June 3, 2009
By Poul Nyrup Rasmussen,
President of the Party of European Socialists
You choose – but please don’t throw your vote away!
Like it or not, Europe is a part of your government, and Brussels is one of the seats of your democracy. There’s the Town Hall, regional government, national parliament and the European Union with its directly elected European Parliament.
You probably feel more attached to your national parliament than to the European Parliament. But ask yourself: can your country tackle the economic crisis on its own? Can your country combat climate change on its own? Can your country fight the trafficking of women, children, drugs and arms on its own? These problems need action at every level - local, regional, national as well as European. Like it or not the European Parliament makes laws affecting our everyday lives, laws that change the world around us.
So the European elections on 4-7 June are your chance to influence how Europe - the largest economy in the world - develops over the next five years. And what a five years it is going to be! We are in the deepest global recession since the 1930s: unemployment will reach 27 million in 2010 with dramatic consequences for people all over Europe. We need to start getting serious about the global climate and energy crisis, and address urgent humanitarian crises in the developing world. These are all areas where Europe can make a difference.
Don’t be fooled by those who say that Europe is a bureaucracy you can’t influence. It’s simply not true: all the decisions are all taken by elected politicians – directly-elected national governments who make the decisions in the ‘European Council’ and the directly-elected European Parliament. The European Commissioners are chosen by those governments and voted on by the European Parliament.
The last five years have, at European Union level, been conservative years – with conservatives as the largest force in all EU decision-making bodies. My view is that they were failed years but it is up to make your own mind up.
The direction offered by us socialists and social democrats is clear. We have set out steps to fight the recession we want taken in the first hundred days following the European elections, including:
1. A new, strong recovery plan for Europe, with coordinated investments in jobs and green growth.
2. A European Employment Pact to safeguard employment, and strengthen workers’ rights, working conditions and equal pay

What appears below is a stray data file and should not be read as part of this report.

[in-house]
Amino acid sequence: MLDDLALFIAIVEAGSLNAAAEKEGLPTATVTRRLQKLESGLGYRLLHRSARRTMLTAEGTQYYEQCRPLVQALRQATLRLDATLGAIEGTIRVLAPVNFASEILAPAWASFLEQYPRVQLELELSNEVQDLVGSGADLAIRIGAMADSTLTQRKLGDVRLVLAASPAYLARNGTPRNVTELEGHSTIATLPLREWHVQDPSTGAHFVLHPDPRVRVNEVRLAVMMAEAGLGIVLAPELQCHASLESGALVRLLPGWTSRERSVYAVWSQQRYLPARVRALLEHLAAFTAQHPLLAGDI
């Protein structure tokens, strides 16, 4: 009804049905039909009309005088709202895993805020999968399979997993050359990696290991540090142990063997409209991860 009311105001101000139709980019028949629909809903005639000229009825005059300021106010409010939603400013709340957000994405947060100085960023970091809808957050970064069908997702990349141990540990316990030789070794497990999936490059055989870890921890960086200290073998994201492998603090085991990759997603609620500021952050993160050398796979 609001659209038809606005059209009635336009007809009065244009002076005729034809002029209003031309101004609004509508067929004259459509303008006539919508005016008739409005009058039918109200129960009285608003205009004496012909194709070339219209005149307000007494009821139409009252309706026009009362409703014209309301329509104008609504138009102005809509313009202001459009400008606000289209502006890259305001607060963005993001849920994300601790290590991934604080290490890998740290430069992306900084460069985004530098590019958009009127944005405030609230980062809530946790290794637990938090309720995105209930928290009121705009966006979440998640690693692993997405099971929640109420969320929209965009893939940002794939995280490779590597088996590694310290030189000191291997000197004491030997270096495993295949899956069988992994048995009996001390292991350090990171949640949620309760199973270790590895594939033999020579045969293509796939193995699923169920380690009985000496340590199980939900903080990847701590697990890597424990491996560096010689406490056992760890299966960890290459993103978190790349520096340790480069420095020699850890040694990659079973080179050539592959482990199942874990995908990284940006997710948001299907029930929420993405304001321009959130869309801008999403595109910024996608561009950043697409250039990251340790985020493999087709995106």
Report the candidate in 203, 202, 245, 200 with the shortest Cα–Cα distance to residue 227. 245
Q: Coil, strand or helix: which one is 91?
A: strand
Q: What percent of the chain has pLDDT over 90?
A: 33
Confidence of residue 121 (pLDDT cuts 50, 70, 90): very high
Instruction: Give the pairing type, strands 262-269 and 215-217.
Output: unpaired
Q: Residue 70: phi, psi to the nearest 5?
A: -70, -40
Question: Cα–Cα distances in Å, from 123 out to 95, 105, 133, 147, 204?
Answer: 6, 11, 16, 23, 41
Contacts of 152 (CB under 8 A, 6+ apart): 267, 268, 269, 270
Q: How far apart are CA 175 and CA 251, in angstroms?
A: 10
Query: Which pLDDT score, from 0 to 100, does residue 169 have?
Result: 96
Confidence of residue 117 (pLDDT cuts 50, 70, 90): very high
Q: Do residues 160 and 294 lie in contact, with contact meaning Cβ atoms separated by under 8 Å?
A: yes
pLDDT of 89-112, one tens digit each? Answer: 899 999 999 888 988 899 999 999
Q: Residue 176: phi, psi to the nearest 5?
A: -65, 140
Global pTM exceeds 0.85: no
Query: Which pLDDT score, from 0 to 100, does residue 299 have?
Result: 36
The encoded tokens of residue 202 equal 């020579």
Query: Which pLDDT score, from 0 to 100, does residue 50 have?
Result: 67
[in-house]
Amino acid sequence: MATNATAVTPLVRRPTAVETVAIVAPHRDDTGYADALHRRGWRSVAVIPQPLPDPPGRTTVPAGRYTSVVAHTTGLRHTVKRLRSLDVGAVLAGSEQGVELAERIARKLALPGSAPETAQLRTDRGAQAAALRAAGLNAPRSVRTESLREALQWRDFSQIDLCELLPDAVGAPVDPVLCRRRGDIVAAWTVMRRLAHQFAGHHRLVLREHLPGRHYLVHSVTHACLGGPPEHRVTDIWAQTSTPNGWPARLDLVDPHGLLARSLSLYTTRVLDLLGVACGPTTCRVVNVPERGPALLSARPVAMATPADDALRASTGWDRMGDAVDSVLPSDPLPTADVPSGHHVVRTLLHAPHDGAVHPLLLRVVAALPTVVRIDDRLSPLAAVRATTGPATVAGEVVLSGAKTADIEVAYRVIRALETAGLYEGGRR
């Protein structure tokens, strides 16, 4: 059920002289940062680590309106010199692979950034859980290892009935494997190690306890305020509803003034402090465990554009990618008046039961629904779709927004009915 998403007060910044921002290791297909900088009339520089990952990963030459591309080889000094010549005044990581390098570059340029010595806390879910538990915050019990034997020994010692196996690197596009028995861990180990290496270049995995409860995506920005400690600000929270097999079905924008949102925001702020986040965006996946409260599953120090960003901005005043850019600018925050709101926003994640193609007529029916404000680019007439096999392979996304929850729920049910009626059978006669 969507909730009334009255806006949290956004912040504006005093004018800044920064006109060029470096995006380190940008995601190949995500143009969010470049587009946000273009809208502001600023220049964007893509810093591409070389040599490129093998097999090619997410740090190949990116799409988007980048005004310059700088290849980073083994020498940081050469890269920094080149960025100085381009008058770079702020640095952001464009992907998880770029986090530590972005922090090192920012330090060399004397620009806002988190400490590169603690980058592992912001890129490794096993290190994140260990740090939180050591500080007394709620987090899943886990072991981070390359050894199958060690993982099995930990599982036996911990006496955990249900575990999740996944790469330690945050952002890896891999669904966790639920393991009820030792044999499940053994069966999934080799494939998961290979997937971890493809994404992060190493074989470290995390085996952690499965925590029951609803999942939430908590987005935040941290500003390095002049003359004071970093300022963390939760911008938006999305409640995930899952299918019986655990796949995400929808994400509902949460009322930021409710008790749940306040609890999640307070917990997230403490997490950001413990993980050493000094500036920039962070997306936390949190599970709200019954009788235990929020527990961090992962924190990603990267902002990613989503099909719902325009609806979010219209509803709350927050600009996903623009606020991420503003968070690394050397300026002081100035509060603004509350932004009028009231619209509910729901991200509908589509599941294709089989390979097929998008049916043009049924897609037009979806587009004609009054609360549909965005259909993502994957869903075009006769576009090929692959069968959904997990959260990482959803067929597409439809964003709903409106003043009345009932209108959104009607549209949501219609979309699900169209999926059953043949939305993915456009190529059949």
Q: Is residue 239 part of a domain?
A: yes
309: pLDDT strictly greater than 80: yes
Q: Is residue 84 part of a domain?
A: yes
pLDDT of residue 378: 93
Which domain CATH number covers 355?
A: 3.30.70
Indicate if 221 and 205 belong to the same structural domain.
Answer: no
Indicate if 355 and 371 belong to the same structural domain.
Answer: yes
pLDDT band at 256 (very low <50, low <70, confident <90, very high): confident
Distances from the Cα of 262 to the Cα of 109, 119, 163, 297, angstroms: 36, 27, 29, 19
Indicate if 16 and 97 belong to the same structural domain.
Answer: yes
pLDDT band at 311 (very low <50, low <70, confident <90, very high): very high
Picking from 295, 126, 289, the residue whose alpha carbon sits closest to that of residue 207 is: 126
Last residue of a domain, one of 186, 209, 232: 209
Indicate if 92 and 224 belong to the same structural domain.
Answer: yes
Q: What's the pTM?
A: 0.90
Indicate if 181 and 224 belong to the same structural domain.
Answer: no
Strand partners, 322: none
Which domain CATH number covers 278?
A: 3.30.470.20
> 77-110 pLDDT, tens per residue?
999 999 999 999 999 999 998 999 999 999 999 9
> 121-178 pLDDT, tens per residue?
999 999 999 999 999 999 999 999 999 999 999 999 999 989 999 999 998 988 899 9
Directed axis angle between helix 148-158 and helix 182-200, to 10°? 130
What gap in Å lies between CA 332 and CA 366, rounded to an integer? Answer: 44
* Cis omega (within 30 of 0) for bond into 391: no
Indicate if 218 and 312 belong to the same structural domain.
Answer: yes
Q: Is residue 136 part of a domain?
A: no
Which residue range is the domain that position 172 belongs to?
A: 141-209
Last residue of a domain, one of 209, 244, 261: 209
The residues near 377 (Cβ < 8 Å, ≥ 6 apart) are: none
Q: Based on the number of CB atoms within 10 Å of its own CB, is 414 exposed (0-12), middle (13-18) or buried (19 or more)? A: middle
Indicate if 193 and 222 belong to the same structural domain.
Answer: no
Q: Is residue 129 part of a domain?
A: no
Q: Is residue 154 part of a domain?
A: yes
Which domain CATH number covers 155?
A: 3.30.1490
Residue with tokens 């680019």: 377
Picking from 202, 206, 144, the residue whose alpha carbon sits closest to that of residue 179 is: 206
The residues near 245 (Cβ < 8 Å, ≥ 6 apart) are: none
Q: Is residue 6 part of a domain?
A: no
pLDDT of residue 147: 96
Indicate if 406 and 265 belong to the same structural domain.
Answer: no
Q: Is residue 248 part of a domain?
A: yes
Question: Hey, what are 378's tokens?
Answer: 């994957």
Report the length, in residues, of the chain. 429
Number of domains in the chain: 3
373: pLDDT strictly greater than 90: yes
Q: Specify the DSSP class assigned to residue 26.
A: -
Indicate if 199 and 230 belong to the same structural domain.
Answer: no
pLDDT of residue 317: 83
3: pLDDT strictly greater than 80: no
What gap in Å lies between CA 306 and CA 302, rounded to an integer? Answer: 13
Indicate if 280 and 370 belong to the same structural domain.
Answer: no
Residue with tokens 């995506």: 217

3. A new Women’s Rights Charter to improve all women’s rights and opportunities
4. A Social Progress Pact to tackle the social consequences of the crisis, preventing a rise in poverty and inequality
5. Effective regulation and supervision of the financial markets
6. New mutual solidarity across European member states
And the elections are not just a choice about the make up of the next Parliament. If the conservatives form a majority after the election, José Manuel Barroso, the current President of the European Commission, will get a second five-year term. If we can form a progressive majority in the European Parliament he will not.
So there is a good reason to vote: you are faced with a real political choice.
It may be tempting to stay at home. Going to the voting station takes time and effort. But don’t think that not voting makes no difference. By staying at home you give the extremists a better chance of being elected and you could end up with an MEP who in no way shares your values, and who will not represent you. The racists, the nationalists and the anti-Europeans have contributed nothing to the important decisions that the European Parliament has taken in the past, and won’t in the future. They are marginalised and isolated by their inability to cooperate across national boundaries.
A vote for the extremists is a wasted vote, and a wasted vote is a vote for the extremists.
So I appeal to all women and men - please don’t stay at home on European elections day. Use your vote to make your choice of the direction you think Europe should take over the next five years.
Author : Poul Nyrup Rasmussen